While it was not uncommon for early (pre-Unicode) CJK character set standard to include characters that correspond to scripts of other languages or used in other countries, such as the extent to which Japanese kana were included in standards from China and Korea, it was not common for one of these countries to produce a standard for a seemingly different language. Enter GB 12052-89 (entitled Korean Character Coded Character Set for Information Interchange, or 信息交换用朝鲜文字编码字符集 in Chinese), which is a GB (PRC) standard that sort of broke this mold.
One of the reasons why Source Han Sans—and obviously the Google-branded Noto Sans CJK—can be considered the world’s first Pan-CJK typeface family is due to its support for Korean hangul. While it is common to support modern hangul in Korean fonts, supporting archaic hangul is relatively uncommon. One of the more challenging aspects of developing Source Han Sans was implementing support for archaic hangul, which also included handling 500 high-frequency archaic hangul syllables. This article will thus detail what went into supporting archaic hangul in Source Han Sans. I’d like to once again thank our talented friends at Sandoll Communication for designing the glyphs for these characters.
As I described in an article earlier this year, GB 18030 artificially imposes a visual difference between Radicals #74 (⽉) and #130 (⾁) for character pairs that differ only in this component, though conventions for Simplified Chinese use a unified form that looks like Radical #74. In that article I pinpointed a case for which the character that uses Radical #130 is in error, because its left-side radical uses the Radical #74 form, and the corresponding character that uses Radical #74 is outside the scope of GB 18030 (at least for now).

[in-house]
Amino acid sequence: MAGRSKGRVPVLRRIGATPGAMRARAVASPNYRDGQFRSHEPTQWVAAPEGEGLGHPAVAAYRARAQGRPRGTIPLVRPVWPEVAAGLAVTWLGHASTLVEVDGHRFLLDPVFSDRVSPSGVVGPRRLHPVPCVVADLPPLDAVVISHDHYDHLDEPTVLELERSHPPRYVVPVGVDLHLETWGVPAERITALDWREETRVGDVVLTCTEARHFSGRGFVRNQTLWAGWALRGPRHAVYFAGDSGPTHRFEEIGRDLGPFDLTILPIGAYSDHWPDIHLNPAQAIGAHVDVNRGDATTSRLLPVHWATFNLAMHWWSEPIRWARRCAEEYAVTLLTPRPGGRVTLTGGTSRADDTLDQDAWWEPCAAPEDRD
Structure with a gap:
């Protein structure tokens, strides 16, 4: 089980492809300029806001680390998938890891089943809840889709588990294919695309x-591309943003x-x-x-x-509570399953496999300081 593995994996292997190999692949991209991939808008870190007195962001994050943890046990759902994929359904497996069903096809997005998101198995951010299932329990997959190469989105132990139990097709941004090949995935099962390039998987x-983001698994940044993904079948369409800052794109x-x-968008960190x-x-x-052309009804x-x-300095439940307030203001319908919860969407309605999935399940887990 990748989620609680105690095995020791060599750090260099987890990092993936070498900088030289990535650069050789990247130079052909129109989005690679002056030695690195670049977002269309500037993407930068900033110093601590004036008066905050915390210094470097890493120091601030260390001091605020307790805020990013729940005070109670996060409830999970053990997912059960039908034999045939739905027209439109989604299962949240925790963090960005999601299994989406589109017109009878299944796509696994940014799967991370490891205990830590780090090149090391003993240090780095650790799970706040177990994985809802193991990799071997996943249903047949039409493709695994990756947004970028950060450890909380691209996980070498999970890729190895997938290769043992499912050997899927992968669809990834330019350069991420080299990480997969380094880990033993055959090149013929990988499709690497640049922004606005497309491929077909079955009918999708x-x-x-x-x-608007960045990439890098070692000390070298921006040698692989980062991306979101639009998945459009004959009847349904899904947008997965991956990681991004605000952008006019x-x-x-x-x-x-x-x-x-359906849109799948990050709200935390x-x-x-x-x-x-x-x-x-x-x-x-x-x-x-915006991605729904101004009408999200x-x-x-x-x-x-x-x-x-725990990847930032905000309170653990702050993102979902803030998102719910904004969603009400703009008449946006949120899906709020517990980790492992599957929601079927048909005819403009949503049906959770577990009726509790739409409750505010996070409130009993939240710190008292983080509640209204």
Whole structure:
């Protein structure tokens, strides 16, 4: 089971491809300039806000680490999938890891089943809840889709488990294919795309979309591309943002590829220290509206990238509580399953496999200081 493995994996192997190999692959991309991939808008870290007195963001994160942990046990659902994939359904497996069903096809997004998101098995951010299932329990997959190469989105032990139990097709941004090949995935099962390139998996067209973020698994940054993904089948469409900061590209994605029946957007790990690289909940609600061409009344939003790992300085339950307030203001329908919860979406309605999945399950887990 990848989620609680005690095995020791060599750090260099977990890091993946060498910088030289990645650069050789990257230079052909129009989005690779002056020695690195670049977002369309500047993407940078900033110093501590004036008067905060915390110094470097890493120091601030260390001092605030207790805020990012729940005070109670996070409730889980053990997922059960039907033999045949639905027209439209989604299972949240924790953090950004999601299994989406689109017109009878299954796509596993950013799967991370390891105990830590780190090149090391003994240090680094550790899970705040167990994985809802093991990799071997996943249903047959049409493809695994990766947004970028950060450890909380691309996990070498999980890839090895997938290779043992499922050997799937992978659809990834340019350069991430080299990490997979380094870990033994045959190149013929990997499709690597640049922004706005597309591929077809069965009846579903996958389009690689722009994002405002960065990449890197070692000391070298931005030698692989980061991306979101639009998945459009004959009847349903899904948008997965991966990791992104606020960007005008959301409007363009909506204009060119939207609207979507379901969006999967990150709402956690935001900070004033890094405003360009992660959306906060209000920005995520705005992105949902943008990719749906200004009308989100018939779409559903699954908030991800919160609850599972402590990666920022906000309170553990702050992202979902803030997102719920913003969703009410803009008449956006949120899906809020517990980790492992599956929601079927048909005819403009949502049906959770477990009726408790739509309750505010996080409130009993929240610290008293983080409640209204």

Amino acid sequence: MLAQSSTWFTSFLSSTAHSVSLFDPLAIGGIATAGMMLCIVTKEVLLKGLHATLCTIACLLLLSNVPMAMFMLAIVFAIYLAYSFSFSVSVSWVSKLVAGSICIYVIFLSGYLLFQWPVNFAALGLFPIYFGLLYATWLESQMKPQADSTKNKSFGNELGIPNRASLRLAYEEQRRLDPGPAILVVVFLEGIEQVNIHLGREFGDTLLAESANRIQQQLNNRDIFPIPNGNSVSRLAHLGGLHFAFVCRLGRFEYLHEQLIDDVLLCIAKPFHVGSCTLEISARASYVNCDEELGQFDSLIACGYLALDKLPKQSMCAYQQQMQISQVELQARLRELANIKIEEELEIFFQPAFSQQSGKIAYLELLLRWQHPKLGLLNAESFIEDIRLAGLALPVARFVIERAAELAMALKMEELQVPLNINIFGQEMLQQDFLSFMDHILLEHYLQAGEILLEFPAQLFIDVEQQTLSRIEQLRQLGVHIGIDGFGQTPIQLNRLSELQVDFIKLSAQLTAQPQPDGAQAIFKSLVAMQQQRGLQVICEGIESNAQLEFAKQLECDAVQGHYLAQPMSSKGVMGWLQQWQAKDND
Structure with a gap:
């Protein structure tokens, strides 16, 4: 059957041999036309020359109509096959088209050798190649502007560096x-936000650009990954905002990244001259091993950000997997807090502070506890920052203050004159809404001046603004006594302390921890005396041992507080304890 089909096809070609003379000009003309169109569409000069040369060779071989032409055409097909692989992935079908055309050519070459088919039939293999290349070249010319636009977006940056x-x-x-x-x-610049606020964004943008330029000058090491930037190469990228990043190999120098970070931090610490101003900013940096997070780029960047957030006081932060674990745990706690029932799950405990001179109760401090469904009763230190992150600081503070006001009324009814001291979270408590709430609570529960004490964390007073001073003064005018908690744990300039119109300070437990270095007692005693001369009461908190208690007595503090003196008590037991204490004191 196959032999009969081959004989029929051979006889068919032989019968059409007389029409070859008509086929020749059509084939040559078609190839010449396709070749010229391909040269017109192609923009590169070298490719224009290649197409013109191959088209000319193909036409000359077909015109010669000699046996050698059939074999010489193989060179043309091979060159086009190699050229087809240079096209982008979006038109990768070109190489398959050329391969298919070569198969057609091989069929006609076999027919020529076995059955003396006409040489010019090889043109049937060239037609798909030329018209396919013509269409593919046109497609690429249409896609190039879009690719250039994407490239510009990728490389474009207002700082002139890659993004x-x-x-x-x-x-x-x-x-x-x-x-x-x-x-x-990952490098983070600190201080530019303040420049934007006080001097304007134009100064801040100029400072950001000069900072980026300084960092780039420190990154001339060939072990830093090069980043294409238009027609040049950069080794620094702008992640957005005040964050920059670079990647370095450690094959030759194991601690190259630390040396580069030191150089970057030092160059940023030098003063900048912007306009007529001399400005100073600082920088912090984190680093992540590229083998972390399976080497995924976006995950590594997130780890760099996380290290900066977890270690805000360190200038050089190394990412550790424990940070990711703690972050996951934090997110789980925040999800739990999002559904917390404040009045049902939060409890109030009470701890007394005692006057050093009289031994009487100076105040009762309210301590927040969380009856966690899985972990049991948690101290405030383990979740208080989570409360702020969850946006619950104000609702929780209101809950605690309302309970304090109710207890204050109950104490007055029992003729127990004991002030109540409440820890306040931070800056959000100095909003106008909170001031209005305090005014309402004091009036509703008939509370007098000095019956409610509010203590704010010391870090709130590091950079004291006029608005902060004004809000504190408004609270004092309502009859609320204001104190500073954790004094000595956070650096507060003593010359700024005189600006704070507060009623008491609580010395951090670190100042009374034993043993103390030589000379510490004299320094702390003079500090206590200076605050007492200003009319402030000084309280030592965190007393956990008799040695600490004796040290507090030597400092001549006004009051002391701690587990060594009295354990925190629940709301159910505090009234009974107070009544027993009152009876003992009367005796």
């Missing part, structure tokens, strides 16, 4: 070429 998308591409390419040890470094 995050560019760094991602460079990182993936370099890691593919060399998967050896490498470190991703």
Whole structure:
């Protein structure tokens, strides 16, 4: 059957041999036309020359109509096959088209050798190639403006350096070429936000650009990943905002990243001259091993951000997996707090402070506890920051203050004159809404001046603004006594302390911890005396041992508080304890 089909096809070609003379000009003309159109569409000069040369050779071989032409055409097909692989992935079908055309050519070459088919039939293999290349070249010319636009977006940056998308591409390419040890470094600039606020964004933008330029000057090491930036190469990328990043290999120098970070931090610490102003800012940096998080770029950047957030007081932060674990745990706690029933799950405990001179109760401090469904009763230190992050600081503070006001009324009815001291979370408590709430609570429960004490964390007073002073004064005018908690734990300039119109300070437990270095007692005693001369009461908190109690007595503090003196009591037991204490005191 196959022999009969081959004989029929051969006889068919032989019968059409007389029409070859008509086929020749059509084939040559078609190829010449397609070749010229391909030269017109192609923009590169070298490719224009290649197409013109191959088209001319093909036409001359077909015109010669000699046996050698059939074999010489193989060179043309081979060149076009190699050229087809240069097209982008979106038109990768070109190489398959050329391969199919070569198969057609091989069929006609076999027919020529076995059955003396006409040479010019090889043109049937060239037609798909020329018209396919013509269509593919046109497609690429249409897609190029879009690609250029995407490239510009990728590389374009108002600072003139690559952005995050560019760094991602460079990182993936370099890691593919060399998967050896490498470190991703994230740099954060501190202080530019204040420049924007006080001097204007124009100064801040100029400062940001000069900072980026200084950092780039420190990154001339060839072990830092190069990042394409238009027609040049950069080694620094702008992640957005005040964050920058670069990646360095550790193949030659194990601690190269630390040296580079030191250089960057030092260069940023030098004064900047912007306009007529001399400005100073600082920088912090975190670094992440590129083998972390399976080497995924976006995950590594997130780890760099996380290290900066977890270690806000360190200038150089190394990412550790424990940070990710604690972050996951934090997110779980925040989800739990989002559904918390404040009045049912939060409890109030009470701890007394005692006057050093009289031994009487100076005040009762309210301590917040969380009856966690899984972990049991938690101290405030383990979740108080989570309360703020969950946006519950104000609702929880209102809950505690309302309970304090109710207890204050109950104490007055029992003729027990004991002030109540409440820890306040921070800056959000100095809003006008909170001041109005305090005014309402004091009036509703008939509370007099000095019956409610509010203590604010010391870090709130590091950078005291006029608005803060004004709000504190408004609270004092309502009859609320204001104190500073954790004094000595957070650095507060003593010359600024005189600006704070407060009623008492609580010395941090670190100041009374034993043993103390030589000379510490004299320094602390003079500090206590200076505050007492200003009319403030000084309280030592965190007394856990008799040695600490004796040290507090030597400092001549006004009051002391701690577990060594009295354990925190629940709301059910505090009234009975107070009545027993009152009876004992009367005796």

Thanks to Jaemin Chung, I was able to find three errors within the scope of GB 18030, as shown below:
According to the principles imposed by GB 18030, the characters on the left are in error, and should be visually distinct from those on the right in terms of their left-side radical.
For the first time in my life, I visited three East Asian countries in a single trip: China, South Korea, and Japan. I have had trips that involved two countries—South Korea & Japan, China & South Korea—but never three. This particular one was also done in the span of only one week.
The purpose of this trip was to visit the three type foundries who were involved in the Source Han Sans/Noto Sans CJK project: Changzhou SinoType (常州华文) in Changzhou, China; Iwata (イワタ) in Tōkyō, Japan; and Sandoll Communication (산돌커뮤니케이션) in Seoul, South Korea. In addition to thanking each company in person, we also used the opportunity to discuss particulars of the project, in terms of what worked well and what didn’t, and I also demonstrated the processes that I used to take their raw glyph data and turn it into the final fonts. All three companies gave us a warm welcome, and were very gracious hosts. We had excellent lunches and dinners with all three companies, which allowed for greater social interaction.
Masataka HATTORI (服部正貴) from our Tōkyō office traveled with me to China and South Korea, and Jinho KANG from our Seoul office participated in the meeting with Sandoll Communication. In addition to Masataka, Taro YAMAMOTO (山本太郎) participated in the meeting with Iwata.